Tech Week: Online Databases and Data Sharing

It’s Tech Week on the Blog and the Technology Committee has something special in store. We have brought together three innovators in the field of online databases and data sharing, and have asked each author to answer a question:

Where do you see online databases and data sharing in five to ten years? What role do you see your respective organization playing in the larger field of archaeological data sharing and online databases? What major hurdles do you think stand in the way of wide scale acceptance and use of online databases in the archaeological community?

Our contributors:

Mark Freeman from Stories Past

  • Mark has worked with the National Park Service and a range of other groups to develop online databases for everything from data driven research databases to interactive education modules. Primarily working with museums and governmental agencies, Mark represents the cutting edge in online databases and data sharing.

Jillian Galle from the Digital Archaeological Archive of Comparative Slavery (DAACS)

  • DAACS, which is based in Monticello’s archaeology department, is one of the largest and most respected online databases for Historical Archaeology. Starting in 2000, when many archaeologists hadn’t even thought of online databases, DAACS was working hard to provide researchers information that would normally take years to get. Jillian has been the DAACS project manager for twelve years and is a pioneer in online databases and data sharing.

Adam Brin and Frank McManamon from the Center for Digital Antiquity

  • When you think of online databases and data sharing, the Digital Archaeological Record (tDAR) is probably one of the first things that come to mind. Adam and Frank work with a wide range of database professionals and archaeologists, and have created an extensive database for everything from digital documents to data sets to GIS files. tDAR represents a digital repository for archaeological data from all over the world. Perhaps the largest archaeological database, tDAR is constantly working to bring more information to researchers and to expand our understanding of the history and prehistory of the world.

Each author has provided us with an interesting view point from their own personal experience and organization. By looking at each post, it should be possible to get a good understanding of where data sharing has come from, where it is going, and what is on the horizon. We encourage you to read the posts and join in the conversation in the comment section or on Twitter, using the #SHAtechWk hashtag.

Click on the banner at the bottom of each post to return to this page! Thanks for reading, and enjoy Tech Week!

Primary Archaeology data for non-archaeologists?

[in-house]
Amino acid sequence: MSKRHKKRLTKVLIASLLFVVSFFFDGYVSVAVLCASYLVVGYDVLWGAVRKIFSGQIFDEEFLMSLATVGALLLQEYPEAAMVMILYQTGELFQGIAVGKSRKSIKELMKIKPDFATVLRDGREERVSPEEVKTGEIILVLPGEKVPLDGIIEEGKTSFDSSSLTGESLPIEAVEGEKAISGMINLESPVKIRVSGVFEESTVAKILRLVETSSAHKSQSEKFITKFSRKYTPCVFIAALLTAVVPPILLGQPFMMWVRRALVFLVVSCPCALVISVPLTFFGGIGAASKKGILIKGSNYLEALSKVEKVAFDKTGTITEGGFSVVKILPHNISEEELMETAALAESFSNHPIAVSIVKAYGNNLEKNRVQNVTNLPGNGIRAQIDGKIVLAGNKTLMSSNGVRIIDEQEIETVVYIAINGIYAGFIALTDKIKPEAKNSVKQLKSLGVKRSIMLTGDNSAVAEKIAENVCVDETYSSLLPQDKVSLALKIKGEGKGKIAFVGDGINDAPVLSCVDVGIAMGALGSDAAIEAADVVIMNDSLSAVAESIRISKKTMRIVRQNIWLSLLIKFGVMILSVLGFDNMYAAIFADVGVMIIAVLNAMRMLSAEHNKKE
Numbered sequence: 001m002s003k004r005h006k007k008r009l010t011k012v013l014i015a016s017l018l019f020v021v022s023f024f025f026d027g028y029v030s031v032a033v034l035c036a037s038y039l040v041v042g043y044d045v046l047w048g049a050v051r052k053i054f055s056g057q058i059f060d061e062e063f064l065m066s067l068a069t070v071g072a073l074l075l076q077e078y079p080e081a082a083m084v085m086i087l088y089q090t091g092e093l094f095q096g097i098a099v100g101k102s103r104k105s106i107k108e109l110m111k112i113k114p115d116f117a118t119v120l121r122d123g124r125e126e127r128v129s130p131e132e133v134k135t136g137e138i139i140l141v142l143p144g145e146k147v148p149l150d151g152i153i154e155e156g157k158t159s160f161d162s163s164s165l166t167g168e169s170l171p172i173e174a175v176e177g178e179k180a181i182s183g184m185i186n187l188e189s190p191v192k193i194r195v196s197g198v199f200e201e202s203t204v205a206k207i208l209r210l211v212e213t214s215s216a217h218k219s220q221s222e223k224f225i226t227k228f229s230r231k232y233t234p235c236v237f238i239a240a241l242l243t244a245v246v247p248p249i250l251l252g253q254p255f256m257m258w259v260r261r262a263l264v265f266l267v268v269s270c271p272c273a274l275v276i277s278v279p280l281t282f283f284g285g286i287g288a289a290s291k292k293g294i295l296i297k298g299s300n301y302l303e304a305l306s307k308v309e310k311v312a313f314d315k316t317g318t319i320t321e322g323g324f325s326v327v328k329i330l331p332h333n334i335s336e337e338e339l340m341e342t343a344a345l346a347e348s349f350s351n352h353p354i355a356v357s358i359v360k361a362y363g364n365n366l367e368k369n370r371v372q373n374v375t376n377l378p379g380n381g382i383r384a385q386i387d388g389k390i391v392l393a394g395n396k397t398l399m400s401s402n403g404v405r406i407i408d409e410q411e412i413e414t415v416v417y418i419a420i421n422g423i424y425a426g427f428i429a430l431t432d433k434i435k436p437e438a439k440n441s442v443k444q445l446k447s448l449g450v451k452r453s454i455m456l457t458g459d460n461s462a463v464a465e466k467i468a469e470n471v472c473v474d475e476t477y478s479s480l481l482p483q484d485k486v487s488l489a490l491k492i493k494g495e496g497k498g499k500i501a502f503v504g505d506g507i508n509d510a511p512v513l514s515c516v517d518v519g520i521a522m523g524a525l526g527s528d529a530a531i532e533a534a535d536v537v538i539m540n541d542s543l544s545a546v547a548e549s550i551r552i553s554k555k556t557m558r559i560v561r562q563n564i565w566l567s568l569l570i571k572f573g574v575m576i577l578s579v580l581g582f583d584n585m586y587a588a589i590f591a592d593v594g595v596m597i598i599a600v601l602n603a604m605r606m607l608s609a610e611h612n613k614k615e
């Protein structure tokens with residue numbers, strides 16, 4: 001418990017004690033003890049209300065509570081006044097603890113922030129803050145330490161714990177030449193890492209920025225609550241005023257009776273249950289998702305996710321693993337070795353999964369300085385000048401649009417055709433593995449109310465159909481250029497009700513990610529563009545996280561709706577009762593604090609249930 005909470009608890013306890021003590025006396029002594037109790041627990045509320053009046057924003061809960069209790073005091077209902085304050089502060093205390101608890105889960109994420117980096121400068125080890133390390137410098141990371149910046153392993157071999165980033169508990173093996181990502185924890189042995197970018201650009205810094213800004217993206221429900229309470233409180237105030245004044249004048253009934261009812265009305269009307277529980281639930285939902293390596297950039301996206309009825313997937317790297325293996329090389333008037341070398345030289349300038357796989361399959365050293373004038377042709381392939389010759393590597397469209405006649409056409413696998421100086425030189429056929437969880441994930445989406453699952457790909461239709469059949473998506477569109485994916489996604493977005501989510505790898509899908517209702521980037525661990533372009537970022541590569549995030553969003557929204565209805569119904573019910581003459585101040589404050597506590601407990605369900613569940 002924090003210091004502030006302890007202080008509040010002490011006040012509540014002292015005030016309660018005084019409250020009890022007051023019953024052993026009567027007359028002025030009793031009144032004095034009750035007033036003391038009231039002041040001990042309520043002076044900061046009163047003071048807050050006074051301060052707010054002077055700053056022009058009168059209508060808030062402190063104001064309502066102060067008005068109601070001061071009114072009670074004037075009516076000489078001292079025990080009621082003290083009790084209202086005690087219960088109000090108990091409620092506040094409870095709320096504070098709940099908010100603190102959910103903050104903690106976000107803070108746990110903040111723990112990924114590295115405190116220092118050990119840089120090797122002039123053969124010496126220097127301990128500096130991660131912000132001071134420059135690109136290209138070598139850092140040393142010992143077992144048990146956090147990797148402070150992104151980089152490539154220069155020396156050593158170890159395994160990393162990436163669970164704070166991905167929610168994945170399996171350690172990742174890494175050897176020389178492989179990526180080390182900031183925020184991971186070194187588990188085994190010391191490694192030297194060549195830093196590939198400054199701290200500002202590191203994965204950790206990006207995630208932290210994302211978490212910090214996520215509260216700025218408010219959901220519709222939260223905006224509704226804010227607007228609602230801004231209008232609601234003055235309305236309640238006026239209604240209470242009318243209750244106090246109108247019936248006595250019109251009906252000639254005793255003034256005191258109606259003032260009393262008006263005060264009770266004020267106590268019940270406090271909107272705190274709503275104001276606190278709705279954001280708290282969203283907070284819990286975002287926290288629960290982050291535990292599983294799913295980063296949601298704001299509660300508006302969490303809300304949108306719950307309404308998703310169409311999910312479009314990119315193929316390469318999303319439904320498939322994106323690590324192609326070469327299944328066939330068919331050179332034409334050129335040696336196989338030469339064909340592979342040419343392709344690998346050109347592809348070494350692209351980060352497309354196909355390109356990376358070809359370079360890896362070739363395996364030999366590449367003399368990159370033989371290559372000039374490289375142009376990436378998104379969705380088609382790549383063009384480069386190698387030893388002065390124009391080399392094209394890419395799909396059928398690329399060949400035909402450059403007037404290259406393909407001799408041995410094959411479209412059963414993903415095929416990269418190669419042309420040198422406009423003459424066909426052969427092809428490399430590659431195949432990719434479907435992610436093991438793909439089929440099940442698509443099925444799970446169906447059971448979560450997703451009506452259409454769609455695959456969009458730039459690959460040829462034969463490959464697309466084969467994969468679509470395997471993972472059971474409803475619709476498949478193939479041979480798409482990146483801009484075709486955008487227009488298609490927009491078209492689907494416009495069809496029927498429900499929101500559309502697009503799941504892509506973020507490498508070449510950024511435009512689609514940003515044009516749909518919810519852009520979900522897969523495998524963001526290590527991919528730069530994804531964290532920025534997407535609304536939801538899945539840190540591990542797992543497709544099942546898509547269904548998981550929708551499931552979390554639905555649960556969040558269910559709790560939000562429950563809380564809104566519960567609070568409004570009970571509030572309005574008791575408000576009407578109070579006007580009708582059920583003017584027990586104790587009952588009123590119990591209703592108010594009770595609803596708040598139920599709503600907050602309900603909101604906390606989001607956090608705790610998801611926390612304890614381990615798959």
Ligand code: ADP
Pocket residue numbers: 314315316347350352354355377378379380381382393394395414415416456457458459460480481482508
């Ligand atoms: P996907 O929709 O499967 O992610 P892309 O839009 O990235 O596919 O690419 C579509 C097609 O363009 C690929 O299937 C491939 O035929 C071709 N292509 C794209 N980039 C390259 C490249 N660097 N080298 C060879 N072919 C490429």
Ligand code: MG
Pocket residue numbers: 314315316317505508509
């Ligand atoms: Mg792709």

This post is part of the May 2012 Technology Week, a quarterly topical discussion about technology and historical archaeology, presented by the SHA Technology Committee. This week’s topic examines the use and application of digital data in historical archaeology. Visit this link to view the other posts.

Is there value in exposing archaeological primary data to non-professional audiences? Can online archaeology databases serve broader goals? Can they both inform and serve as a tool for advocacy at time when the practice of archaeology is again being challenged in popular culture?

The National Park Services

The National Park Service website,, is the online face of ICMS, the database tool that the Department of the Interior uses to manage its collections. In pre-launch testing the most common reaction was surprise that the parks actually had collections. Individual parks decide what to present on the website and it currently includes nearly 450,000 records, representing over four million objects, half of which are archaeological. Some information is removed before it reaches the web. Crucially for archaeology, this includes site name, site location, within-site provenience and UTM data; excluded to protect sites from the very real threat of looting, and at the request of Native American groups.

But stripping the artifacts of physical context before they reach the web is problematic at best for archaeology, so an attempt has been made to restore some contextual information. Collection highlights were developed to be used by the park staff to allow the grouping of objects, creating a virtual context that can represent a physical space – a site or an archaeological feature – or a thematic context, or a virtual exhibit. Fort Vancouver National Historic Site has created several highlights, including The Fort Vancouver Village. The highlight includes narrative text to explain the complex cultural landscape and is supported by 32 selected artifacts. Those artifacts are hyper-linked to the over two hundred thousand records which are part of Fort Vancouver’s online collection. I’d argue that even if most visitors never look at those records. they need to know that they are there. The National Park Service doesn’t just have great scenery, they have curated over forty million cataloged objects.

At Mount Vernon, George Washington’s Virginia plantation along the Potomac River, The South Grove midden excavation uncovered more than 60,000 artifacts. These represent almost 400 ceramic and glass vessels, hundreds of pounds of brick, mortar, and plaster fragments from renovating buildings, buckles, buttons, tobacco pipes, and more than 30,000 animal bones. A new website (in progress at focuses on 400 objects, but the full database is there (and available on the Digital Archaeological Archive of Comparative Slavery site) and items are presented in the context of the wider collection. Additionally, the website includes a timeline, a map of the site in relation to the broader plantation landscape, historical notes and related published papers, and a database of the Washington family Invoices and Orders – all part of the larger data set that comprises the project.